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One Capable CRM Flying Under Most Advisors' Radar

Grendel Online aims to attract advisors with its full-featured, Web-based CRM.

Bill Winterberg, 01/12/2012

Advisors have a growing number of choices among Web-based CRM applications, from Salesforce, the 800-pound gorilla of enterprise CRM, to free and low-cost programs such as Batchbook and Zoho. According to Financial Planning Magazine's 2011 Technology Survey, released last month, Redtail (reviewed in May 2010) was the most widely used CRM application, Web or server based, according to the 3,200 surveyed advisors, with roughly one out of every three advisors responding that they use it.

One Web-based CRM application that did not garner enough votes to break out of the survey's "Other" category is Grendel Online, from Big Brian Works, LLC. But as you'll see from the review below, I don't believe that is due to a lack of features or functionality.

“We have primarily focused on the product and not the marketing aspect,” said Aaron Guidotti, chief executive of Big Brain Works. “We've spent years building some very massive relationships [with] which we are going full steam ahead.”

Grendel is not a new application in the advisor CRM marketplace. First available in the late 1990s, Grendel has largely stayed below the radar of most advisors. I recently sat down with my own demo account to get a good feel for Grendel's capabilities to share with you below.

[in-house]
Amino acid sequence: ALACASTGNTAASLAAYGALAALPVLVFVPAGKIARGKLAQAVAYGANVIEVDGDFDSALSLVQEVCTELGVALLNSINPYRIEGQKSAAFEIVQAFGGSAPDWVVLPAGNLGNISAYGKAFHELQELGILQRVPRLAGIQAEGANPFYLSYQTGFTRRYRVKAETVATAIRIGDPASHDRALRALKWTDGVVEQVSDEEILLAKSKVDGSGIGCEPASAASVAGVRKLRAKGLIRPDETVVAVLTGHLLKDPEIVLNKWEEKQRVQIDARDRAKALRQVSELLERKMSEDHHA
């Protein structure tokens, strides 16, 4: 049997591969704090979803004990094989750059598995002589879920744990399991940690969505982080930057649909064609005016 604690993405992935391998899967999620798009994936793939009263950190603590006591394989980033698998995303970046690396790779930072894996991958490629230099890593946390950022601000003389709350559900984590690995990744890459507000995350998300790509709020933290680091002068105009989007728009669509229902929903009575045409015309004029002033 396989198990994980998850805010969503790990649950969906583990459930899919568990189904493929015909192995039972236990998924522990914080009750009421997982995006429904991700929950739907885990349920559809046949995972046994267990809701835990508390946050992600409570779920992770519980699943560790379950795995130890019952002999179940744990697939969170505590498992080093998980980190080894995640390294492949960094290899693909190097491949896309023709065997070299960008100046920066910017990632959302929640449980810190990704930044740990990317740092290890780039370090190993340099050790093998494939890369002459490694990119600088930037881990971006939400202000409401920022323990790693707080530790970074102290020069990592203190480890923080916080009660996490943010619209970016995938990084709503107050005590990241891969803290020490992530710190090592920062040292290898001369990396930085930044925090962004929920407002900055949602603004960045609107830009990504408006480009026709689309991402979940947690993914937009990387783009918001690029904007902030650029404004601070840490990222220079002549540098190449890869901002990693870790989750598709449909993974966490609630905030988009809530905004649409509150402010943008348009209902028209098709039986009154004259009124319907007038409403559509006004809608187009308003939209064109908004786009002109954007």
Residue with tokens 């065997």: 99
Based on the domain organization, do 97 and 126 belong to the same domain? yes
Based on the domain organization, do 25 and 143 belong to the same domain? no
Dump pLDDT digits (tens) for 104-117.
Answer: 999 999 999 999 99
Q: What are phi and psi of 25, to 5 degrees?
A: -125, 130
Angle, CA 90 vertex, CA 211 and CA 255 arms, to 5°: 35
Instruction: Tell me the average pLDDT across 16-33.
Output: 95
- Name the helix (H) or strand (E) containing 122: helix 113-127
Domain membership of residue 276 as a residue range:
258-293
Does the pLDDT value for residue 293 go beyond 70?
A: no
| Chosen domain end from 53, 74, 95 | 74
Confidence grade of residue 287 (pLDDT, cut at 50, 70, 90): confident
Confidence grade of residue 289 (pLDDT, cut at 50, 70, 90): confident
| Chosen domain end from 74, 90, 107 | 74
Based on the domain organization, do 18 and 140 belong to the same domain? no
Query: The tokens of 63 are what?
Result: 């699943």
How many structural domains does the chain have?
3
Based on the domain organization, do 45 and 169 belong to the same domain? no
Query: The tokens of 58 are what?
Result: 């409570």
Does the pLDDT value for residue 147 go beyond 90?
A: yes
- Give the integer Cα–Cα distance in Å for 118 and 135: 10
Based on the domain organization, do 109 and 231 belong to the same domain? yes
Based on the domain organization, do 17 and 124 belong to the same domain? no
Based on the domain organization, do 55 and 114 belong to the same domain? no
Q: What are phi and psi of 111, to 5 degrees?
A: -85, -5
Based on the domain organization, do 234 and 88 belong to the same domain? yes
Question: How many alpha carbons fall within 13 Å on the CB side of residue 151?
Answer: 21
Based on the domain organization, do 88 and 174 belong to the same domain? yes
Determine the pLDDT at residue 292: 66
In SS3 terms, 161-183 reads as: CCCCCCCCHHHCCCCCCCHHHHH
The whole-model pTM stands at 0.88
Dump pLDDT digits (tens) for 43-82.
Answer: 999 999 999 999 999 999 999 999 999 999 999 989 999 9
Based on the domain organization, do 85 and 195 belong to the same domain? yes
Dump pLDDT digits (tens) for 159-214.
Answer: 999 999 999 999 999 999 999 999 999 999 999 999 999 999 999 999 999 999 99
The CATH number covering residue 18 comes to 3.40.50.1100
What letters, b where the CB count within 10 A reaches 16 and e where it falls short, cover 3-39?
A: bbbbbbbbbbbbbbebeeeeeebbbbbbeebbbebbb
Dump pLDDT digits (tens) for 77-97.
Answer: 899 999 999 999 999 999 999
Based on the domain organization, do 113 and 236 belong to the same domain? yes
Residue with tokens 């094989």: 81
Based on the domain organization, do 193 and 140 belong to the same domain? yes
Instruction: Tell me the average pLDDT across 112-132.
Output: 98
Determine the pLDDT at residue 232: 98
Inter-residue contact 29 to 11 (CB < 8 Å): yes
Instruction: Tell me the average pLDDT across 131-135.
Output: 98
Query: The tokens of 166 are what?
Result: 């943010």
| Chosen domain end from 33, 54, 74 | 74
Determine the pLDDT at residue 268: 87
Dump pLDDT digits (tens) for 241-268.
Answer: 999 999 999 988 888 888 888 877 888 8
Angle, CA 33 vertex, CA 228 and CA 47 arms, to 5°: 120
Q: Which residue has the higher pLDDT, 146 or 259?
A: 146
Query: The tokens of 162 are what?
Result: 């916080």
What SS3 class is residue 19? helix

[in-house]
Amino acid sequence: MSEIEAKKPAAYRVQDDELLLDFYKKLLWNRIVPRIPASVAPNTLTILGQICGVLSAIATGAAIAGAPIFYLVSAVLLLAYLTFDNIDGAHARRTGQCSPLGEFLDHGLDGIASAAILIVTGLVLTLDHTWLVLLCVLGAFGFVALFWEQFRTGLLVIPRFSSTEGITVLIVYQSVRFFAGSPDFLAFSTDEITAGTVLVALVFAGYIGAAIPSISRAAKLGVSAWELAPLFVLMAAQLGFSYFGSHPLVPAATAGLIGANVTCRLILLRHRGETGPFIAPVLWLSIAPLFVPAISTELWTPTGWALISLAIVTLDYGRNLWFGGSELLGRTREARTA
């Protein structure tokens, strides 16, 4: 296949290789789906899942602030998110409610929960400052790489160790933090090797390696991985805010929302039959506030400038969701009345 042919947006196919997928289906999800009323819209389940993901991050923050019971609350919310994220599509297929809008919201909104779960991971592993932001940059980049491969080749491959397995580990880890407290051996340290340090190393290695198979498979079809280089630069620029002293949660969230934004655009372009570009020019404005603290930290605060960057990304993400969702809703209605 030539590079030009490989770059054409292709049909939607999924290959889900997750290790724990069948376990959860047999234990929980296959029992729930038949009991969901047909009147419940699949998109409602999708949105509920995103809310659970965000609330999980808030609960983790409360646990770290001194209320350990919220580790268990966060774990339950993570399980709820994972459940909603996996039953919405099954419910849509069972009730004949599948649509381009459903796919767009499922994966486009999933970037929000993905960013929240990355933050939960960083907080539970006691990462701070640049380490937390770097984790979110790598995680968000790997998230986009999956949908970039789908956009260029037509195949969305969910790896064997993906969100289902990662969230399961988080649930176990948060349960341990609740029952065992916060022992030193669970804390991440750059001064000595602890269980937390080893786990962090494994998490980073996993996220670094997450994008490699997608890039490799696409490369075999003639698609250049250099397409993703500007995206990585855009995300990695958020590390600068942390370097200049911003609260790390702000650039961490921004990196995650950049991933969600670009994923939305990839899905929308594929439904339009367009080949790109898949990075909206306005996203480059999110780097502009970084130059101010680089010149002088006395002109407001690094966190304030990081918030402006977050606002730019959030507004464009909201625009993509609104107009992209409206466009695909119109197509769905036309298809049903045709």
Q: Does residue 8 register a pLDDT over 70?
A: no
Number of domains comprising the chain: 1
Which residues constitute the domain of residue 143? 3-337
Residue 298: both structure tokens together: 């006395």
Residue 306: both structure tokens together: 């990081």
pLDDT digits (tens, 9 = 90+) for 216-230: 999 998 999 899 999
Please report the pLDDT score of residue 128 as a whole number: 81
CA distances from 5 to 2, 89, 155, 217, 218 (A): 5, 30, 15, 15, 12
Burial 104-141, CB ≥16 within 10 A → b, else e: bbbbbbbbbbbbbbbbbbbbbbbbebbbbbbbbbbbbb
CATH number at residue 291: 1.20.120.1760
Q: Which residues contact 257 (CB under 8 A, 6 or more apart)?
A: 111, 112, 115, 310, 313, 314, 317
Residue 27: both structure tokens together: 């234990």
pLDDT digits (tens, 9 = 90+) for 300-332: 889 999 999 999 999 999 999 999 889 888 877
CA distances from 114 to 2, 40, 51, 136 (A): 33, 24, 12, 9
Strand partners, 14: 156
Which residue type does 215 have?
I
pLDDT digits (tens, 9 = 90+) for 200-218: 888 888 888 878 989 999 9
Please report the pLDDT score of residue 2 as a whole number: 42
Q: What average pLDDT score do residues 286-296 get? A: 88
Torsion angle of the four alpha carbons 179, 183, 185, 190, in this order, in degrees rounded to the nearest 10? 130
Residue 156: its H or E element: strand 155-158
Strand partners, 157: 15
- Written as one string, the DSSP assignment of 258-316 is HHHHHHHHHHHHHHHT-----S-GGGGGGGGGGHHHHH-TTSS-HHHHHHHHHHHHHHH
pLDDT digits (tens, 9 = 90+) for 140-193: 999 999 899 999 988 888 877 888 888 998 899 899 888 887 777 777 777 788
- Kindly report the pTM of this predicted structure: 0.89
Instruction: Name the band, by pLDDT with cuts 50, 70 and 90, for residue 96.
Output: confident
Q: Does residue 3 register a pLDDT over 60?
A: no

Software Architecture
Grendel is built using Flex, a free, open-source application framework from Adobe Systems Inc., which is important for two reasons. First, Grendel screens and menus are rendered in standard Internet browsers using Adobe Flash Player software. This gives Grendel performance similar to that of desktop-installed applications; navigating around the Grendel platform does not require complete page rendering with HTML code each time a new screen is accessed.

However, the choice of Adobe Flash leads to one specific disadvantage, which is the fact that Grendel cannot be viewed on iOS devices such as the iPhone or iPad using the Safari Internet browser. Even the company homepage cannot be viewed properly on an iOS device due to the use of Flash. It is possible to cross-compile the Adobe Flex codebase into an app for iOS, Android™, and BlackBerry® Tablet OS, so a mobile app, while not available today, is likely to become a reality sometime in the near future.

"I expect that I will be showing off [a beta version of] our mobile app at the AICPA Advanced PFP conference. It will have the same support as our main application," Guidotti said. The AICPA Advanced PFP conference is scheduled for January 16-18, 2012 in Las Vegas.

Acclimating to Grendel
Grendel does what all CRM applications should do. Profiles are supported for clients, prospects, allied professionals, or any other kind of individual (which Grendel calls entities), with pertinent contact data displayed for each person. Other components include a calendar, a list of businesses and companies loaded in the system, a list of products (e.g., securities, mutual funds, annuities, etc.) appearing in the application, and a summary page specific to an advisor's business.

Bill Winterberg, CFP, is a technology and operations consultant to independent financial advisors. His comments on technology have been featured in a variety of financial industry publications. You can view more information about Bill and see his schedule of upcoming speaking engagements at his Web site, FPPad.com. The author is a freelance contributor to MorningstarAdvisor.com. The views expressed in this article may or may not reflect the views of Morningstar.
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